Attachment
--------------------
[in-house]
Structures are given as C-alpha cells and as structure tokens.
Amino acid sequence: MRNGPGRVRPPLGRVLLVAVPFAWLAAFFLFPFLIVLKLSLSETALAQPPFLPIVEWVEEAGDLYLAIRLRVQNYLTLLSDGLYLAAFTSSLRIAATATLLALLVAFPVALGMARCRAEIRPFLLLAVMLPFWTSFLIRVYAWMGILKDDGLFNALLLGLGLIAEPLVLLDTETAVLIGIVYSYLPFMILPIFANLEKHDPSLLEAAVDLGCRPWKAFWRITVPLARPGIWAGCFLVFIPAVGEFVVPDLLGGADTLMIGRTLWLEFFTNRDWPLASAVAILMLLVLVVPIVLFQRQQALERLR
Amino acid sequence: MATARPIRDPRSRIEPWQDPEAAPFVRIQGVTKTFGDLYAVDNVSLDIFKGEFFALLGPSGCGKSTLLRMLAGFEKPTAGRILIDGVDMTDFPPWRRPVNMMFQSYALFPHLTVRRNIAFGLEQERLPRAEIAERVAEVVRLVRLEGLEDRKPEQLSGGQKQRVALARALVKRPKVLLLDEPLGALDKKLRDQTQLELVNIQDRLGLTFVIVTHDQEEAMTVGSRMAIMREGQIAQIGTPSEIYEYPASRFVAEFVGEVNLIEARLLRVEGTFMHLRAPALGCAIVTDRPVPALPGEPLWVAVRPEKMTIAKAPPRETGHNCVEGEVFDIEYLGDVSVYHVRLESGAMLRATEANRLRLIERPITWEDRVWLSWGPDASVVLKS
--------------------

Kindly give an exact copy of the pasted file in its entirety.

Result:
[in-house]
Structures are given as C-alpha cells and as structure tokens.
Amino acid sequence: MRNGPGRVRPPLGRVLLVAVPFAWLAAFFLFPFLIVLKLSLSETALAQPPFLPIVEWVEEAGDLYLAIRLRVQNYLTLLSDGLYLAAFTSSLRIAATATLLALLVAFPVALGMARCRAEIRPFLLLAVMLPFWTSFLIRVYAWMGILKDDGLFNALLLGLGLIAEPLVLLDTETAVLIGIVYSYLPFMILPIFANLEKHDPSLLEAAVDLGCRPWKAFWRITVPLARPGIWAGCFLVFIPAVGEFVVPDLLGGADTLMIGRTLWLEFFTNRDWPLASAVAILMLLVLVVPIVLFQRQQALERLR
Amino acid sequence: MATARPIRDPRSRIEPWQDPEAAPFVRIQGVTKTFGDLYAVDNVSLDIFKGEFFALLGPSGCGKSTLLRMLAGFEKPTAGRILIDGVDMTDFPPWRRPVNMMFQSYALFPHLTVRRNIAFGLEQERLPRAEIAERVAEVVRLVRLEGLEDRKPEQLSGGQKQRVALARALVKRPKVLLLDEPLGALDKKLRDQTQLELVNIQDRLGLTFVIVTHDQEEAMTVGSRMAIMREGQIAQIGTPSEIYEYPASRFVAEFVGEVNLIEARLLRVEGTFMHLRAPALGCAIVTDRPVPALPGEPLWVAVRPEKMTIAKAPPRETGHNCVEGEVFDIEYLGDVSVYHVRLESGAMLRATEANRLRLIERPITWEDRVWLSWGPDASVVLKS